Domestic Violence

Ending Domestic Violence for a Healthier Community

Domestic violence is an all-too-common public health issue that affects millions of individuals and families worldwide. Defined as a pattern of abusive behaviors within an intimate relationship, domestic violence includes physical, emotional, sexual, and economic abuse.

It not only poses physical and psychological harm, but also has far-reaching impacts on the overall health and well-being of victims, families, and communities. Fear and financial dependence prevent most victims from seeking help. As a result, injuries go untreated, stress builds up, mental health worsens, and the relationship can end in death by either homicide or suicide.

Defining Domestic Violence

The United States Surgeon General first listed violence as a public health priority in 1979.

Intimate Partner Violence, or IPV, can consist of:

  • Physical abuse — This includes hitting, slapping, punching, and any form of physical harm. Bruises, broken bones, and unexplained injuries may be a warning sign.

  • Emotional abuse — This can come in the form of insults, humiliation, threats, and constant criticism. Victims often experience anxiety, depression, and low self-esteem.

  • Sexual abuse — Unwanted sexual advances, coercion, or non-consensual sexual acts fall under this category. Signs may include unexplained sexually transmitted infections or injuries.

  • Economic abuse — Controlling a victim's finances, restricting access to resources, and preventing them from holding a job are common tactics. Victims may be financially dependent on their abuser.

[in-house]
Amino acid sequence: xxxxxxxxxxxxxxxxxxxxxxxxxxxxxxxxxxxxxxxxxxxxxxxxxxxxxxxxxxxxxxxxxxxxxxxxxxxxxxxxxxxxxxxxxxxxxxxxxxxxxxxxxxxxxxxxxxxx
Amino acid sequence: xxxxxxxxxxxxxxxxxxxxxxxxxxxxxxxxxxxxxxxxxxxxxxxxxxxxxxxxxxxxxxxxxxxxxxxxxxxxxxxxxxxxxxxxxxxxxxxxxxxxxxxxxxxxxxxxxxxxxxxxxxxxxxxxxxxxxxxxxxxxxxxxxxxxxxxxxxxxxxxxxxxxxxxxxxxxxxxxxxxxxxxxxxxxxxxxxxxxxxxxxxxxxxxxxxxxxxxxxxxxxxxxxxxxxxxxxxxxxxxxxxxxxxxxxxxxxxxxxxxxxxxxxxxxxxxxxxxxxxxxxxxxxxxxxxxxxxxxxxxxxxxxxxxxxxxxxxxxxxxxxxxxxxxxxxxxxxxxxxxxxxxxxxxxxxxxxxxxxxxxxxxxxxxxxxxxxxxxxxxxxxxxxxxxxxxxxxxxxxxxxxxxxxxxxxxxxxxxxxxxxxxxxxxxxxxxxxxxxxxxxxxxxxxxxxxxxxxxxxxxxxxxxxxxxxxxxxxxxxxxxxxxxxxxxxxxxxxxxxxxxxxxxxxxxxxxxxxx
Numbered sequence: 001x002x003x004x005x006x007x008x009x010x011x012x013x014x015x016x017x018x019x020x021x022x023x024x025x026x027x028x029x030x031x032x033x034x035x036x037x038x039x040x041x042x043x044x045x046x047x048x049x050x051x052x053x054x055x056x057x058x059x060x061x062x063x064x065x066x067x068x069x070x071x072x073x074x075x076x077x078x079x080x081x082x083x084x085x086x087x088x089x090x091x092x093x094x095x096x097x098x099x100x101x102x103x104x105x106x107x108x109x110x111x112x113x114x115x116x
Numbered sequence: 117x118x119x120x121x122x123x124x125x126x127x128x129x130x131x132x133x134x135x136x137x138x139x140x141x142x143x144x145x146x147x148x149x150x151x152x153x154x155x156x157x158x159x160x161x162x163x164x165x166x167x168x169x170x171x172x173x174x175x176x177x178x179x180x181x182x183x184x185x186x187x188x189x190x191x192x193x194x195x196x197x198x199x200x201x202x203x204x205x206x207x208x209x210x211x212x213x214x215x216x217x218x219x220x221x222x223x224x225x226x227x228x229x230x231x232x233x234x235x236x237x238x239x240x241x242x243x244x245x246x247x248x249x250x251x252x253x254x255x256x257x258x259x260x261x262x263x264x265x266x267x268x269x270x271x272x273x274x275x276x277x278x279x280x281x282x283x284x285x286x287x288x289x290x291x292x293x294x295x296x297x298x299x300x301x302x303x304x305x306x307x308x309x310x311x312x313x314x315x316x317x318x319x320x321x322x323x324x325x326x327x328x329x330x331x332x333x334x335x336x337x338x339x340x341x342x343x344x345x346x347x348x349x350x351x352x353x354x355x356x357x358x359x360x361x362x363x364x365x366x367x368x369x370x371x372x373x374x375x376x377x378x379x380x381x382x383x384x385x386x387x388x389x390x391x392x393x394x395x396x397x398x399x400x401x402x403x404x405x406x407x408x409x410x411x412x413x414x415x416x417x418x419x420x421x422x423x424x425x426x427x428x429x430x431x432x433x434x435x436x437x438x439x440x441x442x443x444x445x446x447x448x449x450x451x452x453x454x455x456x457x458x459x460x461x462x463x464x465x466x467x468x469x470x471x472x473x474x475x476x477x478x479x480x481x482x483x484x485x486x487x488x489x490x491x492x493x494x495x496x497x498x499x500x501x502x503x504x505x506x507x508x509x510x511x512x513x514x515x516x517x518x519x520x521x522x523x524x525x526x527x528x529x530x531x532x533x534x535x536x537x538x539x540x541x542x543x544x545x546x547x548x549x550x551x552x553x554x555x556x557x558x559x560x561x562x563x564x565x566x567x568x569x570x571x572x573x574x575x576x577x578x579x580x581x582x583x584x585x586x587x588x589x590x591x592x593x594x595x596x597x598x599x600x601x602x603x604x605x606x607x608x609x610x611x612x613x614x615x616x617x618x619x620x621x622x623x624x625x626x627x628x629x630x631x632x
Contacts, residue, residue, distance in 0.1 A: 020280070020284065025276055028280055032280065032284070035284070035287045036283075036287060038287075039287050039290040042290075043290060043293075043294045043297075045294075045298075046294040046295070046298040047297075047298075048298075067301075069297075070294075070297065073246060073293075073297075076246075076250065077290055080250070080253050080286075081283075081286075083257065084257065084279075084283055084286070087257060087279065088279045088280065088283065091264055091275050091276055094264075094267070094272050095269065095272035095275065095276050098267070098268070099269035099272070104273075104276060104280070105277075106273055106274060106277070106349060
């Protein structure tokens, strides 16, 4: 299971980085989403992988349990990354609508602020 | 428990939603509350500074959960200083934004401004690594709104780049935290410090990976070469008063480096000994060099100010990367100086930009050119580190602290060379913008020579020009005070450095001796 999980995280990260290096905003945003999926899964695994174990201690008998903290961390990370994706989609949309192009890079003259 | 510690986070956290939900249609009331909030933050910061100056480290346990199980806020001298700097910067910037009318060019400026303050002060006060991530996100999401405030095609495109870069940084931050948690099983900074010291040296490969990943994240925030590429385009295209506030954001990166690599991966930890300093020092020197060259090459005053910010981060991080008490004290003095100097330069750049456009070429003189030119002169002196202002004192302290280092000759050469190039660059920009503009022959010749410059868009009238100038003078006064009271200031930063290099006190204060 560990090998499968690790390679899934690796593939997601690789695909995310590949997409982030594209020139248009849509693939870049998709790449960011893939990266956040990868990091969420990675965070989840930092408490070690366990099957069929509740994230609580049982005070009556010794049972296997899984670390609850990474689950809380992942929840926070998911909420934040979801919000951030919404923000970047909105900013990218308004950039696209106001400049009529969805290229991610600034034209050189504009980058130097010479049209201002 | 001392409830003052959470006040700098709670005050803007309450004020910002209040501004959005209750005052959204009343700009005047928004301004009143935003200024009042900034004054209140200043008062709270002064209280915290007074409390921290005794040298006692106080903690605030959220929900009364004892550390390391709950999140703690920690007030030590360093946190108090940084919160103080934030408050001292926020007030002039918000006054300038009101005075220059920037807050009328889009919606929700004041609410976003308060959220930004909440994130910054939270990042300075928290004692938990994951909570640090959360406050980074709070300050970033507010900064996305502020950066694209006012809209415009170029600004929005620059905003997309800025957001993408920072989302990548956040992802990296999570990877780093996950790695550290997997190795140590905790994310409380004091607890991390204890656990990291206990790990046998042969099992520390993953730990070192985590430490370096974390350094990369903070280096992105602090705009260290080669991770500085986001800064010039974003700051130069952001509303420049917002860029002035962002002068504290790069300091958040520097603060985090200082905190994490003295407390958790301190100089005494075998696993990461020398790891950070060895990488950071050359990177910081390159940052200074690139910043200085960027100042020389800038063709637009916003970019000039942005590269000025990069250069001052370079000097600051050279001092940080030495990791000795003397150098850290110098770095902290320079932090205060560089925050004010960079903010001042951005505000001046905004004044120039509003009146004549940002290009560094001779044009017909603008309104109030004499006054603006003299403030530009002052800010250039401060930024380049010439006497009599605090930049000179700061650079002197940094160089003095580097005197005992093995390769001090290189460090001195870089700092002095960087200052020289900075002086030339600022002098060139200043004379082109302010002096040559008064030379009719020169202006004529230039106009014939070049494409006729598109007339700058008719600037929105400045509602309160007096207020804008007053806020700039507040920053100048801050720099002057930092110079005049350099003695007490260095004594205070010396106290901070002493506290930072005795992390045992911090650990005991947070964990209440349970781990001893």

• Psychological abuse — Manipulation, gaslighting, and mind games can have a profound impact on a victim's mental health. They may doubt their own reality or feel trapped.

IPV by the Numbers

According to the National Intimate Partner and Sexual Violence Survey, there are millions of victims in the U.S. each year.

Some findings include:

  • 1 in 3 women and 1 in 4 men — report experiencing severe physical violence from an intimate partner.

  • 1 in 5 women and 1 in 13 men — have experienced violent sexual contact by an intimate partner.

  • 14% of women and 5% of men — report having been stalked by an intimate partner.

  • 61 million women and 53 million men — experienced psychological aggression by an intimate partner in their lifetime.

The Consequences

Survivors of IPV face a host of potential health issues with physical injuries being most common. About 75% of women and 48% of men who survive IPV experience some physical injury related to their abuse. Also, crime statistics show that one in five homicide victims are killed by an intimate partner. More than half of all female homicide victims in the U.S. are killed by current or past male partners.

IPV survivors are also at risk for other chronic conditions affecting the:

Survivors can suffer from depression and post-traumatic stress disorder (PTSD). They face a higher risk for addictive behaviors like smoking, binge drinking, and risky sexual activity. People from marginalized groups like LGBTQ+ or racial and ethnic minorities are at higher risk for worse consequences.

Recognizing Domestic Violence

Sometimes it’s hard to speak up for someone you think is being abused. We tend to make excuses for why things are a certain way, or we worry we’ll be told to, “mind our own business.” But those being abused can’t or won’t always ask for help. By saying something, you could ultimately save their life.

Abusers often demonstrate the following:

  • A bad temper
  • Abuse of other family members, children, or pets
  • Accusations that the victim is flirting or having an affair
  • Antiquated beliefs about gender roles in relationships
  • Blaming the victim for anything bad that happens
  • Controlling all finances
  • Controlling what the victim wears or how they act
  • Cruelty to animals
  • Demeaning the victim publicly or privately
  • Embarrassing the victim in front of others